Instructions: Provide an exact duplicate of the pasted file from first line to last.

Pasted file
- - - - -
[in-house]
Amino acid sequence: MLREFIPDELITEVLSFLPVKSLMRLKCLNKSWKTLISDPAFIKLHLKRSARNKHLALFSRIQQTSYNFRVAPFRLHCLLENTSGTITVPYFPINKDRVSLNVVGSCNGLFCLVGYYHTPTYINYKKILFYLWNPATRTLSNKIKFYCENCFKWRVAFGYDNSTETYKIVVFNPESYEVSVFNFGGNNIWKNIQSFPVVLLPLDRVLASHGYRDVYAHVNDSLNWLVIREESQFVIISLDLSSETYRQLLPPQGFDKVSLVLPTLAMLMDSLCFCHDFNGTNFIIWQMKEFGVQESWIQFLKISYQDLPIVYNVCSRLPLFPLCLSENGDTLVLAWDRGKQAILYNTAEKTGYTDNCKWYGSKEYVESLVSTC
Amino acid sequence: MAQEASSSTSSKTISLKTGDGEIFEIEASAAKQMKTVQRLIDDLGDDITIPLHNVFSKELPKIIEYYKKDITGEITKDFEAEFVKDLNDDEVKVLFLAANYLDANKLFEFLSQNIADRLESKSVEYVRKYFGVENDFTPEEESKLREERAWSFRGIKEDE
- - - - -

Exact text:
[in-house]
Amino acid sequence: MLREFIPDELITEVLSFLPVKSLMRLKCLNKSWKTLISDPAFIKLHLKRSARNKHLALFSRIQQTSYNFRVAPFRLHCLLENTSGTITVPYFPINKDRVSLNVVGSCNGLFCLVGYYHTPTYINYKKILFYLWNPATRTLSNKIKFYCENCFKWRVAFGYDNSTETYKIVVFNPESYEVSVFNFGGNNIWKNIQSFPVVLLPLDRVLASHGYRDVYAHVNDSLNWLVIREESQFVIISLDLSSETYRQLLPPQGFDKVSLVLPTLAMLMDSLCFCHDFNGTNFIIWQMKEFGVQESWIQFLKISYQDLPIVYNVCSRLPLFPLCLSENGDTLVLAWDRGKQAILYNTAEKTGYTDNCKWYGSKEYVESLVSTC
Amino acid sequence: MAQEASSSTSSKTISLKTGDGEIFEIEASAAKQMKTVQRLIDDLGDDITIPLHNVFSKELPKIIEYYKKDITGEITKDFEAEFVKDLNDDEVKVLFLAANYLDANKLFEFLSQNIADRLESKSVEYVRKYFGVENDFTPEEESKLREERAWSFRGIKEDE